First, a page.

US dollar tempered by core inflation cooldown
Philip McHugh October 30th 2023 - 2 minute read
The US dollar wavered downward last Friday, as the core PCE price index cooled in line with forecasts.
Meanwhile, the pound is dropping this morning, with GBP/EUR subdued at €1.1467 and GBP/USD down at $1.2069. GBP/CAD is similarly weak at CA$1.6759, while GBP/AUD has slipped to AU$1.9032 and GBP/NZD has slid to NZ$2.0773.
Looking ahead, will signs of slowing German inflation pull the euro lower this afternoon?
What’s been happening?
The US dollar edged lower during last Friday’s session, following a cooldown in the core PCE price index for September.
The Federal Reserve’s preferred gauge of inflation fell in line with expectations, serving to undermine interest rate hike bets and soften the ‘greenback’.
Further headwinds came due to a cautiously upbeat market mood, which saw investors move towards riskier assets. Thursday’s strong US GDP data kept the tone cheery, as global recession anxieties were somewhat soothed.
The euro saw similarly blunted trade at the tail end of last week, as sentiment remained low towards the common currency.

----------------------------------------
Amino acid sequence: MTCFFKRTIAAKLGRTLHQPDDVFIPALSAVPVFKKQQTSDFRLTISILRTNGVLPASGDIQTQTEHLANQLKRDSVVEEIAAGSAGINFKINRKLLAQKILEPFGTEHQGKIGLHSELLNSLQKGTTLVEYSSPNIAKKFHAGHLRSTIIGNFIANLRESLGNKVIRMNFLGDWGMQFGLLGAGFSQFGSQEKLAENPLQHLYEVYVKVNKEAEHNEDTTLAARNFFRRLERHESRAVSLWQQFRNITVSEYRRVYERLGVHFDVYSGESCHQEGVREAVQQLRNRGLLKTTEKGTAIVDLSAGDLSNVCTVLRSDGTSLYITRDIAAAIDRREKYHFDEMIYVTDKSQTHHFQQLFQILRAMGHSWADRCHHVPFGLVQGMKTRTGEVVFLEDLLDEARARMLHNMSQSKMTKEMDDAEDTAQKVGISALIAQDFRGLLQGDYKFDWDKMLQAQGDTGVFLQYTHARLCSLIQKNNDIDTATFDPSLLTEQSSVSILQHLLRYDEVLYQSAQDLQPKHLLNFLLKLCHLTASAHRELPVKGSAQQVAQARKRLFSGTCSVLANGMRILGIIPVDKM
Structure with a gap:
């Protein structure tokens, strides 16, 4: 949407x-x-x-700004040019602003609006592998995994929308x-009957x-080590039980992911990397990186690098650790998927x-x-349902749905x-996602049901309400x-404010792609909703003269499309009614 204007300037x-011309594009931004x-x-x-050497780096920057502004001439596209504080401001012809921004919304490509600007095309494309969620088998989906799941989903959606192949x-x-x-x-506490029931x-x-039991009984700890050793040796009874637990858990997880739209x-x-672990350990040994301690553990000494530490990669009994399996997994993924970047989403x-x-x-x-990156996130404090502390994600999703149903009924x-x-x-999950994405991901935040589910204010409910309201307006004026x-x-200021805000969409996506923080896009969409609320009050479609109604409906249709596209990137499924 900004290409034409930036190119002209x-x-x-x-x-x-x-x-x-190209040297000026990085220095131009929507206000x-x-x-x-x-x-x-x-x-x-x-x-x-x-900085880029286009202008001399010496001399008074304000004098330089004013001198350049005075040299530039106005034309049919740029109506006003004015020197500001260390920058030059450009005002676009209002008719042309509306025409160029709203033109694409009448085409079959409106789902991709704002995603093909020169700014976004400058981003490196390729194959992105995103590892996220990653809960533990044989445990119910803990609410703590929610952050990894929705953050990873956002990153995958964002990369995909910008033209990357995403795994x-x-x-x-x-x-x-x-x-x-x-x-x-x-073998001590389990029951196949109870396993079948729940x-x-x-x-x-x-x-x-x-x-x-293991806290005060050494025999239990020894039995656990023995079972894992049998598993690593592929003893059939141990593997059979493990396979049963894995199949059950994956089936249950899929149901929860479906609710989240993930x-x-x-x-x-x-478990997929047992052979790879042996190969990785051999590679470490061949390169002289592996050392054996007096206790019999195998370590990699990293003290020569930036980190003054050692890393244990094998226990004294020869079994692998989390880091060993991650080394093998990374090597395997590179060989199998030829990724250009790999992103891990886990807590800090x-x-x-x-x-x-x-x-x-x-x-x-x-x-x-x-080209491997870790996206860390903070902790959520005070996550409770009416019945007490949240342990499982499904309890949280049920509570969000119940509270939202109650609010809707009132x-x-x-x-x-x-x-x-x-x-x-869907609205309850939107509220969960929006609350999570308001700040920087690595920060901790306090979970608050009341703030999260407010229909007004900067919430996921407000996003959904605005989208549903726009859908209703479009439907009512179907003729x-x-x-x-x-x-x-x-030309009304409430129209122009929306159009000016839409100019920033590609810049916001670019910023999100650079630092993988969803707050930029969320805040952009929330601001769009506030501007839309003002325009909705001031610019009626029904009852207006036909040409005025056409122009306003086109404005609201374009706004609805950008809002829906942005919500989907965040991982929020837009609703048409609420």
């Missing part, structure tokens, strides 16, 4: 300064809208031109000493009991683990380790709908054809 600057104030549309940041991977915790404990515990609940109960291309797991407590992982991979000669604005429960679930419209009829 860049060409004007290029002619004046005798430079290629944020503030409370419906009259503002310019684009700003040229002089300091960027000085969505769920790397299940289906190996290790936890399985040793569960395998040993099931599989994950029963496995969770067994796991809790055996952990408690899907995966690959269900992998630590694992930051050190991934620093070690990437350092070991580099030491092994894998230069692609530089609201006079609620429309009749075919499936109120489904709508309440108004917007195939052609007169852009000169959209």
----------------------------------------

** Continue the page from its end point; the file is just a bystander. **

The dovish tilt from the European Central Bank (ECB) kept EUR exchange rates tepid, although the weakened US dollar leant some cushioning due to its negative correlation.
The end of the week saw the pound continue its run of rudderless trade, as a short supply of data releases left it wavering.
What’s coming up?
Looking ahead, the primary focus at the start of this week’s session will be two key German data releases. With both the third-quarter GDP growth rate and inflation due, the euro may see volatile trade.
A smaller-than-forecast contraction in German GDP could lend EUR some support. However, with inflation in the Eurozone’s largest economy forecast to have cooled sharply again, a pullback in ECB bets could undermine the single currency.
Meanwhile, a lack of impactful releases could keep the US dollar trading on risk appetite today.
Similarly, the pound may start the week trapped within a narrow range as macroeconomic releases remain thin on the ground.